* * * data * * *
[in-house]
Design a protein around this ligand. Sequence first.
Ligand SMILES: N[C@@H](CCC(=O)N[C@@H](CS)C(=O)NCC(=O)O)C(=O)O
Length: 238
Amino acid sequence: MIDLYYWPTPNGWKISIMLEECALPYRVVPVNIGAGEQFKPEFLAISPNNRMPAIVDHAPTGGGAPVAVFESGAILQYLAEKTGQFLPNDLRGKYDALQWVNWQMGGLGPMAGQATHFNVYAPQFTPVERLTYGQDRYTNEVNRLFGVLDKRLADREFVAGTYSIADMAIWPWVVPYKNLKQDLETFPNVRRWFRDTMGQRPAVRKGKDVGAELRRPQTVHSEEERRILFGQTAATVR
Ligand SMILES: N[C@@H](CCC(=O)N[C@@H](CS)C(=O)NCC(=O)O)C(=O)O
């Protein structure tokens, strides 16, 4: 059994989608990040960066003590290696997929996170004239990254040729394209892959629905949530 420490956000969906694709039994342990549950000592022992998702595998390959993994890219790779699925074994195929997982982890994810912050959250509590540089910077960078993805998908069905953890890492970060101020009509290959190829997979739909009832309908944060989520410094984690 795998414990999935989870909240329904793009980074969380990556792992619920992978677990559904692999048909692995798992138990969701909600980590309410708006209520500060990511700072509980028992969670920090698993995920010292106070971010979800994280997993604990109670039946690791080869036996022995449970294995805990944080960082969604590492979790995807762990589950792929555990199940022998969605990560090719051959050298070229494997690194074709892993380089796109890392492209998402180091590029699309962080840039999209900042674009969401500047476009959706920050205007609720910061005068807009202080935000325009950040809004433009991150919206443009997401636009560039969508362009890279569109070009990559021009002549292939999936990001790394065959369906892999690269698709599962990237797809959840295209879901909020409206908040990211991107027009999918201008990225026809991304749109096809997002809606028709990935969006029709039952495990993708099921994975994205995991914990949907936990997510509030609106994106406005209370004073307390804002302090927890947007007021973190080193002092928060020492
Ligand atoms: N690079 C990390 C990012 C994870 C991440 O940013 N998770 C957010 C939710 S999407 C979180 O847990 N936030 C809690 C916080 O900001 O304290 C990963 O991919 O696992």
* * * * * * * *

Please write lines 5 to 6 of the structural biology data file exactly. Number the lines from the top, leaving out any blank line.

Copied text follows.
Amino acid sequence: MIDLYYWPTPNGWKISIMLEECALPYRVVPVNIGAGEQFKPEFLAISPNNRMPAIVDHAPTGGGAPVAVFESGAILQYLAEKTGQFLPNDLRGKYDALQWVNWQMGGLGPMAGQATHFNVYAPQFTPVERLTYGQDRYTNEVNRLFGVLDKRLADREFVAGTYSIADMAIWPWVVPYKNLKQDLETFPNVRRWFRDTMGQRPAVRKGKDVGAELRRPQTVHSEEERRILFGQTAATVR
Ligand SMILES: N[C@@H](CCC(=O)N[C@@H](CS)C(=O)NCC(=O)O)C(=O)O